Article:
Pan-American Film Division Releases Mother’s Day

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Contributing Writer

Paul Leone

“Being vulnerable and honest allows other people to be vulnerable and honest.”

Filmmaker Travis Carlson speaking to Anthony Merchant on WRFA’s Arts on Fire April 1, 2020

Mother’s Day, a film written and produced by local filmmaker Travis Carlson, premiered at the Reg Lenna Civic Center on Saturday, April 2. The film was shot on location in Gerry, Chautauqua County. “This is a true story,” said Travis. “It is also a Western New York and Chautauqua County story. For that reason we thought it important to film at the actual location.” Local viewers will recognize the landscape along Route 60 out of Gerry and such landmarks as Heritage Village and the Country Fair. A stunning opening scene, shot from high above with a drone mounted camera, follows a solitary motorcycle driver past hills and fields familiar to Chautauqua County residents. The story recreates a conversation between a mother with a long history of mental illness and her son trying to confront her condition. Highly emotional, visceral and unsettling, this is no Hallmark Mother’s Day.

Pan-American Film Division was a nickname Travis and his associates called themselves while making short films since 2018. For several years Travis had been shooting special features and documentaries for the Pagoulas and their sports franchises. In 2020, in order to produce Mother’s Day and take on projects for hire, the group formally incorporated as a Limited Liability Corporation. Travis wrote the script in the fall of 2019 immediately prior to the covid pandemic. Nevertheless, with a limited budget, a dedicated staff of volunteers and an entrepreneurial dream the project was completed and released to the public. It seemed only fitting that it should arrive near upon the first of May and Mental Health Awareness month.

Mental Health Awareness month has been recognized nationally since 1949. A focus on mental health issues is designed to raise awareness, fight stigma and advocate for a better mental health care system. The National Alliance on Mental Illness (NAMI) reports a growing mental health crisis in the country. NAMI is the nation’s largest mental health organization dedicated to improving the lives of individuals and families affected by mental illness. According to NAMI nearly two in five adults nationally struggled with mental health issues in 2020.The numbers indicate the considerable affect the covid pandemic has contributed to the mental health crisis.

NAMI’s advocacy includes publicizing personal stories about peoples’ own mental health journeys. Media attention, particularly print and video made widely available, is a valuable tool to educate the public concerning mental health. Mental illness has long been feared and stigmatized in this country. The shame attached to mental illness often leaves it hidden or denied. Personal stories are testimony to the reality of mental illness and to its prevalence in society. As such they are effective in countering misperceptions.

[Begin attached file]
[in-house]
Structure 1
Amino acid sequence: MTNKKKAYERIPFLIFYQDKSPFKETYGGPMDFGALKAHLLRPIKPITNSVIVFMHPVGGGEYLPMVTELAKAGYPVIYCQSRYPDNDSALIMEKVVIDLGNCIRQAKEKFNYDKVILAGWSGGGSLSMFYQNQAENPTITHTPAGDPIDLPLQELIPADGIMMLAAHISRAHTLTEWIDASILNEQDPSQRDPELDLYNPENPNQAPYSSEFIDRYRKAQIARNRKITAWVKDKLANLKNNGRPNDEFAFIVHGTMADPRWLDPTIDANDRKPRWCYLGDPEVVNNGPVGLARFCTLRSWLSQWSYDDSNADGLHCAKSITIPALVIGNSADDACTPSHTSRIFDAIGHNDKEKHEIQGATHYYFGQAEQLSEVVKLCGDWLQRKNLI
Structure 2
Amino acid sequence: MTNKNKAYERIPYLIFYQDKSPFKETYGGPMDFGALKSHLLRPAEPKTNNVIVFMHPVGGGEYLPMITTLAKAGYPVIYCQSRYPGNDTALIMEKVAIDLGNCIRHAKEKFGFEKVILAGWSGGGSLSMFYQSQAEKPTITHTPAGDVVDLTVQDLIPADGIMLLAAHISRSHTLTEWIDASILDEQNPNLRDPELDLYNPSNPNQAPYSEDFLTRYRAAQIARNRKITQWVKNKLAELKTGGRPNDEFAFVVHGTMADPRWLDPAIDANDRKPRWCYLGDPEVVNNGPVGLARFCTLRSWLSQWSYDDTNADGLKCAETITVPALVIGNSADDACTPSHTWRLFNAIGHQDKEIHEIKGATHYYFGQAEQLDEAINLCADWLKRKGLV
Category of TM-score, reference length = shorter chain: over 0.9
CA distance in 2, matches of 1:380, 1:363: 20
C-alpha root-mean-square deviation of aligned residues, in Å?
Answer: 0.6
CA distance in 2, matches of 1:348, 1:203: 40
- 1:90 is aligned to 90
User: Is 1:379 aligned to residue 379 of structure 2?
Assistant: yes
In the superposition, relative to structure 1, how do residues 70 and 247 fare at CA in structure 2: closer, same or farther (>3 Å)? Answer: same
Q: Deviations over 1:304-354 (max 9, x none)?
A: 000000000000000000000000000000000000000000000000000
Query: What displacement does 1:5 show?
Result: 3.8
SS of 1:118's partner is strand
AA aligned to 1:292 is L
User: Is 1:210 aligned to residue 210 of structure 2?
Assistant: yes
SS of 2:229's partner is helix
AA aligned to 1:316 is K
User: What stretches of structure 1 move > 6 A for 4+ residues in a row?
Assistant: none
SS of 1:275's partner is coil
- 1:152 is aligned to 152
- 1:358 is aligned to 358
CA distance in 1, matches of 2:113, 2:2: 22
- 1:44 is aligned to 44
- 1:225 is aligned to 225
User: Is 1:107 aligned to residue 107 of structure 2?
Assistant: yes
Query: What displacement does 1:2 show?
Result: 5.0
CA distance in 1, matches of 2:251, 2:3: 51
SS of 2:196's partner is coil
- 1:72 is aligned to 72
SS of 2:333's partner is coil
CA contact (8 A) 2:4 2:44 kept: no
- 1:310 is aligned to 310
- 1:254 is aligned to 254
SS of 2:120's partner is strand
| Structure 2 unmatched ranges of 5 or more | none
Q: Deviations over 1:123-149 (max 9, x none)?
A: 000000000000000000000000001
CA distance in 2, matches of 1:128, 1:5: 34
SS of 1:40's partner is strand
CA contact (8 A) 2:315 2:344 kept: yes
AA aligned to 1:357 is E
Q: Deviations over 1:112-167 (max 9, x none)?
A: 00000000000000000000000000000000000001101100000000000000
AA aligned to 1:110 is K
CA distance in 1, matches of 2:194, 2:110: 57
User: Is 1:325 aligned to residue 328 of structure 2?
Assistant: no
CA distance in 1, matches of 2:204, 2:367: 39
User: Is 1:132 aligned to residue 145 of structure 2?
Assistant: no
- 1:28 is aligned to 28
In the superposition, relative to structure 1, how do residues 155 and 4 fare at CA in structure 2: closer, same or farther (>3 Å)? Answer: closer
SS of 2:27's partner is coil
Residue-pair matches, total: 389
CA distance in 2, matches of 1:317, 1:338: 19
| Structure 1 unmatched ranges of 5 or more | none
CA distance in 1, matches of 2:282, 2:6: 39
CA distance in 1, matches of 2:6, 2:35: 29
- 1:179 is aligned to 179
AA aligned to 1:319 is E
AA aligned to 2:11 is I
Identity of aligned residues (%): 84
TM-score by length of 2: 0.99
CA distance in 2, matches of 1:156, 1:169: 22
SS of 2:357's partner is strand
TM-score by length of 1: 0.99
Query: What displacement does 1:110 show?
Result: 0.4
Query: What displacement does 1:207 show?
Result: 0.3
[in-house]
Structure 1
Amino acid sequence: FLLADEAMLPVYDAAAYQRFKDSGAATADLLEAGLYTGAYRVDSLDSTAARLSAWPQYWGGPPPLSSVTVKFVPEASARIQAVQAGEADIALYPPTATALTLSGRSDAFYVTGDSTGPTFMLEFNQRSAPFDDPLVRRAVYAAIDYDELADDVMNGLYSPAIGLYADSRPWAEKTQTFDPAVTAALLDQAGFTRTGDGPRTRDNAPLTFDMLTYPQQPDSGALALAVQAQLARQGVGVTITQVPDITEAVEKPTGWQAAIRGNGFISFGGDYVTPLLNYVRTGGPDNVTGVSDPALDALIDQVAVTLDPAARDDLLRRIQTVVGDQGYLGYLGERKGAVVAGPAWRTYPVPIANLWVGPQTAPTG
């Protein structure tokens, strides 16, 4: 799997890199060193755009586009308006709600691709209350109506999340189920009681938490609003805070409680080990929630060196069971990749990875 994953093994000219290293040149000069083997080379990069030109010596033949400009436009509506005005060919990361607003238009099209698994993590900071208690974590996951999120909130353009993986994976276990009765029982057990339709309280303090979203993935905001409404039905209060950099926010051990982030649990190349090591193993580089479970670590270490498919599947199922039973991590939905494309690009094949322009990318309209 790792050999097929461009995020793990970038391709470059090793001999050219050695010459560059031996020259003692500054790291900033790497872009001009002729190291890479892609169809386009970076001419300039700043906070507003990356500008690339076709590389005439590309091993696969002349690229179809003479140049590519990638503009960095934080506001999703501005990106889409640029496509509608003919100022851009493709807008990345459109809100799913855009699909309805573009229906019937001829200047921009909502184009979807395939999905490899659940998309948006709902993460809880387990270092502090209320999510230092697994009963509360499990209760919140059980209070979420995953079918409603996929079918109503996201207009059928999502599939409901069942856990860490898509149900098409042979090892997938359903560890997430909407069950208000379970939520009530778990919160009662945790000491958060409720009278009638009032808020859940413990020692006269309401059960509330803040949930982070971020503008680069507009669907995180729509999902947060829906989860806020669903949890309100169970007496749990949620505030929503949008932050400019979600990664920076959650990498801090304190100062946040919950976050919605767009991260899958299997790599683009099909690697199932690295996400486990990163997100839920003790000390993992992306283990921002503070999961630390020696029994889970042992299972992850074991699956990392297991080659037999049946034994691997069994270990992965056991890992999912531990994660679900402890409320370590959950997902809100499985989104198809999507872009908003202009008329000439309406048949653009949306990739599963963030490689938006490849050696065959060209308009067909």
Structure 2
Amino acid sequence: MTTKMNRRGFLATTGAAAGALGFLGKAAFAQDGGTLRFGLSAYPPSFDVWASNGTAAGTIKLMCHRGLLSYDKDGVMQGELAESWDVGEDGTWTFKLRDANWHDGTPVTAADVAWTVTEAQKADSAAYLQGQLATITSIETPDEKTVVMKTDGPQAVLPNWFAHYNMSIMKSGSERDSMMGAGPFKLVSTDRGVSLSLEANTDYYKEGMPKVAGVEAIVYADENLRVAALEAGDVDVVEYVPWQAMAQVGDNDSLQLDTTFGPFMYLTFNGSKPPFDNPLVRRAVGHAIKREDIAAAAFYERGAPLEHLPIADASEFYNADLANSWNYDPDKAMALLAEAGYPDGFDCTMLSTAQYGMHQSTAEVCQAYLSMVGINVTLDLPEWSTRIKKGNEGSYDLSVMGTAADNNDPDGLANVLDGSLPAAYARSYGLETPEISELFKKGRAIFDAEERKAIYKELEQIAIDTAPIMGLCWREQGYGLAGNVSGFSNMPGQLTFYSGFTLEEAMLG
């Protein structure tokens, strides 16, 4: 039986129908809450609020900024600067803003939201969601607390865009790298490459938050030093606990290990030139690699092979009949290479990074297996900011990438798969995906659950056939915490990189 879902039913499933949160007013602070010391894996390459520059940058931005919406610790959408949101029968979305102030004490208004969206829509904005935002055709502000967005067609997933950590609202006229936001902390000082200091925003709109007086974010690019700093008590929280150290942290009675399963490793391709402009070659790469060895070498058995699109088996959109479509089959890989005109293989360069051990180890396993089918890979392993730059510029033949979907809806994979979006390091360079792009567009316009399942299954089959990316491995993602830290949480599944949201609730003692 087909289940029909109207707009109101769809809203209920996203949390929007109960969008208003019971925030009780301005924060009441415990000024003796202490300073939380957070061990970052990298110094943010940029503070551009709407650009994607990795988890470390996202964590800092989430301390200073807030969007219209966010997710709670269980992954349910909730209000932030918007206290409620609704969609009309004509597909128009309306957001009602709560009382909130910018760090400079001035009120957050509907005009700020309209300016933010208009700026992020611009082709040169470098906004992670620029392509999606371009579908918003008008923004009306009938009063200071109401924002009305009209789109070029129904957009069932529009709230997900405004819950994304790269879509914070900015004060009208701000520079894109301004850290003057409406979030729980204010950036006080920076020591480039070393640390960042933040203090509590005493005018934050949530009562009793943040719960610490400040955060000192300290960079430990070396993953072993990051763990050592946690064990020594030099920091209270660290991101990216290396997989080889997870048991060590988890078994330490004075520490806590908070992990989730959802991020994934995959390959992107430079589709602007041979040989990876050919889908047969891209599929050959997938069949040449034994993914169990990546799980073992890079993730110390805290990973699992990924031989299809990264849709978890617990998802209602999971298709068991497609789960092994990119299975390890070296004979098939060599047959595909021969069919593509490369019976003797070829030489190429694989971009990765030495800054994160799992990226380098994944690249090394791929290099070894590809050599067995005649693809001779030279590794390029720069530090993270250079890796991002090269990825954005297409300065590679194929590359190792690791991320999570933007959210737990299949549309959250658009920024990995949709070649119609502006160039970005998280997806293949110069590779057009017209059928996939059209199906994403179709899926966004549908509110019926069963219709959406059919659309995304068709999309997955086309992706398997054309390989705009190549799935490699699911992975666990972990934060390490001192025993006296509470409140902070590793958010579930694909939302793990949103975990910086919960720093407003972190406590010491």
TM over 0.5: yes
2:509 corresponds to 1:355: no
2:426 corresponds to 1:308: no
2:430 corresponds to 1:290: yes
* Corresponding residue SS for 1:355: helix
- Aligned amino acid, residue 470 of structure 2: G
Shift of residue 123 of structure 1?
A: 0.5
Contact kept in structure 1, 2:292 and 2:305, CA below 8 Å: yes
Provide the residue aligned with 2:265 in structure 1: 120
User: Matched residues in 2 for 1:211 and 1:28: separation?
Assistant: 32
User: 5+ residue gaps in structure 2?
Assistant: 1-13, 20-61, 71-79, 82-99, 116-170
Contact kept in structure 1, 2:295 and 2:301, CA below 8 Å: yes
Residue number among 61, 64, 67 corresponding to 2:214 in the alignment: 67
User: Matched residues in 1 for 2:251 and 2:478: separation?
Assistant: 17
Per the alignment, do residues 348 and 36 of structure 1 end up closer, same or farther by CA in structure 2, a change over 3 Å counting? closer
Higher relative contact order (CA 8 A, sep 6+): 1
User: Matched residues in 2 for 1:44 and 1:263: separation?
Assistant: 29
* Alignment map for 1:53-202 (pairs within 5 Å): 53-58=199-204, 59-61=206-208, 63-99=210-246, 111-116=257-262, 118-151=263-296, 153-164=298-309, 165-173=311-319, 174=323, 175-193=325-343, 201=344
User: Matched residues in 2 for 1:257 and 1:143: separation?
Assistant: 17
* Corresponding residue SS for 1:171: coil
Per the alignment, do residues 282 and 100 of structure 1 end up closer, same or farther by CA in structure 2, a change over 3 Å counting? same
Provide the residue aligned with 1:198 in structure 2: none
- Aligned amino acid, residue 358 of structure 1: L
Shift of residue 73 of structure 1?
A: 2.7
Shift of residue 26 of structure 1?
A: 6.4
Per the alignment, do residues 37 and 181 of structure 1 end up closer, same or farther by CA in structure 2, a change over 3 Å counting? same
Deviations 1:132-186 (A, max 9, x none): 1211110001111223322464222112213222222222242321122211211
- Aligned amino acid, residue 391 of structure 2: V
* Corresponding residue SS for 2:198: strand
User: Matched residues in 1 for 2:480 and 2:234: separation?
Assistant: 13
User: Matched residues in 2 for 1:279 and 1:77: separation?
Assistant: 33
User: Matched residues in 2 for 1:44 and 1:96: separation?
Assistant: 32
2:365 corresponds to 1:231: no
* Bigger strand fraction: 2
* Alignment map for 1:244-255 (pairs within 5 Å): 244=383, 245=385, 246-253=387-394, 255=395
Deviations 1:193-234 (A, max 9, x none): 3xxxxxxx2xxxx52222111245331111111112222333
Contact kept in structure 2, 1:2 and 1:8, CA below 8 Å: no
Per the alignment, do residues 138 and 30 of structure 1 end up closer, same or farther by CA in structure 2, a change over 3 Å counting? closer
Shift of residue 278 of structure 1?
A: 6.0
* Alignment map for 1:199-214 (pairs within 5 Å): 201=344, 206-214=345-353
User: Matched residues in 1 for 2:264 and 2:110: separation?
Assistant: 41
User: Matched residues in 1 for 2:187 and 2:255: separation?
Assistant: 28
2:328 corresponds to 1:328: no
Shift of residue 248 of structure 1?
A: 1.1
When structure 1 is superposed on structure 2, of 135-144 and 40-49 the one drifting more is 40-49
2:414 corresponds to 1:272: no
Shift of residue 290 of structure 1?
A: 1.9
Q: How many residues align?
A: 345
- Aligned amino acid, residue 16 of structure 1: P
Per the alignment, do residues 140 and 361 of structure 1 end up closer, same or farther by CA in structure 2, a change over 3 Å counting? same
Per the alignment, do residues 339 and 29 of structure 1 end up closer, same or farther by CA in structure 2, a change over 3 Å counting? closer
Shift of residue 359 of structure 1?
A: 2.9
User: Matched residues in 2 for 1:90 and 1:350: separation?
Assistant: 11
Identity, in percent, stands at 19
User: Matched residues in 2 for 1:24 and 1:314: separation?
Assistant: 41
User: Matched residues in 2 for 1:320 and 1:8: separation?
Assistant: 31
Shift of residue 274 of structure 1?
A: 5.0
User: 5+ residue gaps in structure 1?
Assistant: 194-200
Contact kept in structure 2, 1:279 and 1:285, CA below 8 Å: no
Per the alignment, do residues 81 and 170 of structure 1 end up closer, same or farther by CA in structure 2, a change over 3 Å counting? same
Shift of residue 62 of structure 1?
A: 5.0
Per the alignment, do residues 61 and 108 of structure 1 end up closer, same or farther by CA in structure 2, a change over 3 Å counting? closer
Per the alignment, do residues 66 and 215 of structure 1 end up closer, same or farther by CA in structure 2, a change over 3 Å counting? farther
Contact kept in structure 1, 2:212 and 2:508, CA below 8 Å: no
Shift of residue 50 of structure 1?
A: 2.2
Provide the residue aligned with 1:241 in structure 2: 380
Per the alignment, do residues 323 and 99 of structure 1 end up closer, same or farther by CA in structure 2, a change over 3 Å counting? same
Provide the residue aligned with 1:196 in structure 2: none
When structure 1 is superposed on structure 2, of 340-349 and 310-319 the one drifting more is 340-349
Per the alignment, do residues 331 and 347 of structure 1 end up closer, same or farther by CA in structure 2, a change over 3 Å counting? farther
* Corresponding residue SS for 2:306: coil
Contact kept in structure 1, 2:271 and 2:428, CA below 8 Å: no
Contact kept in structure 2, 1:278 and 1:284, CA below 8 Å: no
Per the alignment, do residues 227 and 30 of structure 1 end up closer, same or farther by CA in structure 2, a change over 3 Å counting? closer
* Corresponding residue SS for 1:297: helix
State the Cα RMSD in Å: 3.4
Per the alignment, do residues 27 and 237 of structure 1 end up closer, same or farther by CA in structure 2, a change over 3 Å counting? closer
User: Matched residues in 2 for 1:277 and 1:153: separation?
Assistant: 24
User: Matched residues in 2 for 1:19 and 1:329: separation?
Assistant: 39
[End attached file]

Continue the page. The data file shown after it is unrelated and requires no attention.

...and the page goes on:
Mother’s Day is one such revealing story. Travis Carlson grew up in Gerry. He attended Cassadaga Valley Central Schools. He began shooting video in his teens and soon attracted friends and acquaintances to collaborate in his hobby. The group shot a number of full length films before realizing that filmmaking was a viable career option. Eventually, Travis found work shooting film commercials. During the pandemic, while Mother’s Day was in production, he filmed plays for the Irish Classical Theater repertoire to be shown on their website. The dialogue in Mother’s Day, he says, is the “almost verbatim” conversation he had with his mother in 2014 at her home in Gerry. The conversation takes place on lawn chairs in her backyard among neighbors sometimes visible. A rural small town western New York culture is prevalent throughout the film. Before production began Travis sought permission from his mother to make public her intimate story. She gave her blessing, believing, like NAMI, that her story might very well help others fighting mental illness. The result is a potent portrait of the effects of mental illness upon an individual andwithin a family.

Mother’s Day may be downloaded, streamed or purchased at the Pan-American Film Division website (www.panamericanfilms.com/mothers-day). The film runs slightly over two hours. The website includes interviews with the two principal actors—Lisa Ludwig and Michael Charles Wagner—as well as trailers, staff interviews, audience reactions and much discussion on the process of putting the film together. Obviously, working through the pandemic was a challenge. A limited budget demanded efficiency and cooperation among the staff. Travis remembers fondly driving his father’s lawnmower, a necessary prop, five miles along Route 60 to the set. That Pan-American completed the film is a testament to its commitment to the subject and its determination to build a creditable film production company. The Jamestown Gazette wishes the company well and looks forward to future productions.

Friday evening, April 29, at The Jamestown YWCA Chautauqua County executive P.J. Wendel issued a proclamation designating the month of May Mental Health Awareness Month 2022. On the same date in Washington D.C. the Executive Office in a similar proclamation called upon citizens, government agencies and non-profit organizations “…to join in activities and take action to strengthen the mental health of our communities and our nation.”